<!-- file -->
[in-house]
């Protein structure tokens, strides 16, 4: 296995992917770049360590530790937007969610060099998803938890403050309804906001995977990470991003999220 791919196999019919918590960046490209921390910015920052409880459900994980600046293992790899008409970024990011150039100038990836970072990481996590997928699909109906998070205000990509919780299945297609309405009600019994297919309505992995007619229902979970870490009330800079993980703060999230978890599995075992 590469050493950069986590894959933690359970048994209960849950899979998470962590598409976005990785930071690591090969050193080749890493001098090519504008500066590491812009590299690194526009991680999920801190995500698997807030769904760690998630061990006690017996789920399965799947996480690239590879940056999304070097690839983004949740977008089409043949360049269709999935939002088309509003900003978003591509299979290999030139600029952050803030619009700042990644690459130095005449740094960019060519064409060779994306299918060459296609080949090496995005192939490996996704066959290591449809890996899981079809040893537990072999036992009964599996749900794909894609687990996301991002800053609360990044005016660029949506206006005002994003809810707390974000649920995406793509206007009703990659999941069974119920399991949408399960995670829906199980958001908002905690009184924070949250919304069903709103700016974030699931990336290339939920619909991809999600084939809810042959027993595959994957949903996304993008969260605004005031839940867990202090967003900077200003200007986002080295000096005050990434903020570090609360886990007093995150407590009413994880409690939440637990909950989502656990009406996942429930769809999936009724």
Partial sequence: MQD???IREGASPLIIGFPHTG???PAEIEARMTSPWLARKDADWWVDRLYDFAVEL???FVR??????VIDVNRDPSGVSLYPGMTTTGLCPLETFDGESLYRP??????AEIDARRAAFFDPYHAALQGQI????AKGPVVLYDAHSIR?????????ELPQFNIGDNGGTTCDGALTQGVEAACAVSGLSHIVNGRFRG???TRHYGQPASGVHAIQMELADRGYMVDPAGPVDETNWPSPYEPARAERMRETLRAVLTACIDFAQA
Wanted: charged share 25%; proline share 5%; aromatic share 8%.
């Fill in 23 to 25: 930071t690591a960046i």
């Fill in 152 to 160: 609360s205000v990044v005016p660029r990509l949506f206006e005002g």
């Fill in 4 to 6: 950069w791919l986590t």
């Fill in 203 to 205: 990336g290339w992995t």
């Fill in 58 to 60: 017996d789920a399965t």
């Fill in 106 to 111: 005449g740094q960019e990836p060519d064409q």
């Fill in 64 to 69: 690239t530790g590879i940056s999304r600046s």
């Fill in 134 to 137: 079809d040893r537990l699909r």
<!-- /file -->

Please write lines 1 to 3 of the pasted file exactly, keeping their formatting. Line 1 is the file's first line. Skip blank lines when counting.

[in-house]
């Protein structure tokens, strides 16, 4: 296995992917770049360590530790937007969610060099998803938890403050309804906001995977990470991003999220 791919196999019919918590960046490209921390910015920052409880459900994980600046293992790899008409970024990011150039100038990836970072990481996590997928699909109906998070205000990509919780299945297609309405009600019994297919309505992995007619229902979970870490009330800079993980703060999230978890599995075992 590469050493950069986590894959933690359970048994209960849950899979998470962590598409976005990785930071690591090969050193080749890493001098090519504008500066590491812009590299690194526009991680999920801190995500698997807030769904760690998630061990006690017996789920399965799947996480690239590879940056999304070097690839983004949740977008089409043949360049269709999935939002088309509003900003978003591509299979290999030139600029952050803030619009700042990644690459130095005449740094960019060519064409060779994306299918060459296609080949090496995005192939490996996704066959290591449809890996899981079809040893537990072999036992009964599996749900794909894609687990996301991002800053609360990044005016660029949506206006005002994003809810707390974000649920995406793509206007009703990659999941069974119920399991949408399960995670829906199980958001908002905690009184924070949250919304069903709103700016974030699931990336290339939920619909991809999600084939809810042959027993595959994957949903996304993008969260605004005031839940867990202090967003900077200003200007986002080295000096005050990434903020570090609360886990007093995150407590009413994880409690939440637990909950989502656990009406996942429930769809999936009724």
Partial sequence: MQD???IREGASPLIIGFPHTG???PAEIEARMTSPWLARKDADWWVDRLYDFAVEL???FVR??????VIDVNRDPSGVSLYPGMTTTGLCPLETFDGESLYRP??????AEIDARRAAFFDPYHAALQGQI????AKGPVVLYDAHSIR?????????ELPQFNIGDNGGTTCDGALTQGVEAACAVSGLSHIVNGRFRG???TRHYGQPASGVHAIQMELADRGYMVDPAGPVDETNWPSPYEPARAERMRETLRAVLTACIDFAQA